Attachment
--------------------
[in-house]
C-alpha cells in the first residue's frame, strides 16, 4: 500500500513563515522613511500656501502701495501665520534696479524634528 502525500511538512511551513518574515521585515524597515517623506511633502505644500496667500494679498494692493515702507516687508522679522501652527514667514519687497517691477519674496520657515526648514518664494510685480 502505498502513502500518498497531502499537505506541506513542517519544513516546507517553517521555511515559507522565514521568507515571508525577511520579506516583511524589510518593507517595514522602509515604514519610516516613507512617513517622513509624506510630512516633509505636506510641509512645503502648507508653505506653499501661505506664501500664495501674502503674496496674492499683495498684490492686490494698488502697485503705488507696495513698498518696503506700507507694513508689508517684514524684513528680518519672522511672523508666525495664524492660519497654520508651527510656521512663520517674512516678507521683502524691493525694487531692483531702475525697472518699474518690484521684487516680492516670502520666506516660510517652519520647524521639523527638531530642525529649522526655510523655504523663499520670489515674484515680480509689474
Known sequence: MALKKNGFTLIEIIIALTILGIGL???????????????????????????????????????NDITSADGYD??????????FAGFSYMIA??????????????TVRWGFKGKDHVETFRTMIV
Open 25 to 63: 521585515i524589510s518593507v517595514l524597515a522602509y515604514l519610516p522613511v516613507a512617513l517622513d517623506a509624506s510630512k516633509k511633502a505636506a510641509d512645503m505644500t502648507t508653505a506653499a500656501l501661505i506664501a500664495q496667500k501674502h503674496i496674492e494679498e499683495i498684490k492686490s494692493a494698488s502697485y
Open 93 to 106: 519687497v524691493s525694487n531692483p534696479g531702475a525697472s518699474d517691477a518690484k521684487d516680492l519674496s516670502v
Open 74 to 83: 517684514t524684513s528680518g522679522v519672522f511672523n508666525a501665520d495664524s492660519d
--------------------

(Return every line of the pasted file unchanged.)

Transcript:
[in-house]
C-alpha cells in the first residue's frame, strides 16, 4: 500500500513563515522613511500656501502701495501665520534696479524634528 502525500511538512511551513518574515521585515524597515517623506511633502505644500496667500494679498494692493515702507516687508522679522501652527514667514519687497517691477519674496520657515526648514518664494510685480 502505498502513502500518498497531502499537505506541506513542517519544513516546507517553517521555511515559507522565514521568507515571508525577511520579506516583511524589510518593507517595514522602509515604514519610516516613507512617513517622513509624506510630512516633509505636506510641509512645503502648507508653505506653499501661505506664501500664495501674502503674496496674492499683495498684490492686490494698488502697485503705488507696495513698498518696503506700507507694513508689508517684514524684513528680518519672522511672523508666525495664524492660519497654520508651527510656521512663520517674512516678507521683502524691493525694487531692483531702475525697472518699474518690484521684487516680492516670502520666506516660510517652519520647524521639523527638531530642525529649522526655510523655504523663499520670489515674484515680480509689474
Known sequence: MALKKNGFTLIEIIIALTILGIGL???????????????????????????????????????NDITSADGYD??????????FAGFSYMIA??????????????TVRWGFKGKDHVETFRTMIV
Open 25 to 63: 521585515i524589510s518593507v517595514l524597515a522602509y515604514l519610516p522613511v516613507a512617513l517622513d517623506a509624506s510630512k516633509k511633502a505636506a510641509d512645503m505644500t502648507t508653505a506653499a500656501l501661505i506664501a500664495q496667500k501674502h503674496i496674492e494679498e499683495i498684490k492686490s494692493a494698488s502697485y
Open 93 to 106: 519687497v524691493s525694487n531692483p534696479g531702475a525697472s518699474d517691477a518690484k521684487d516680492l519674496s516670502v
Open 74 to 83: 517684514t524684513s528680518g522679522v519672522f511672523n508666525a501665520d495664524s492660519d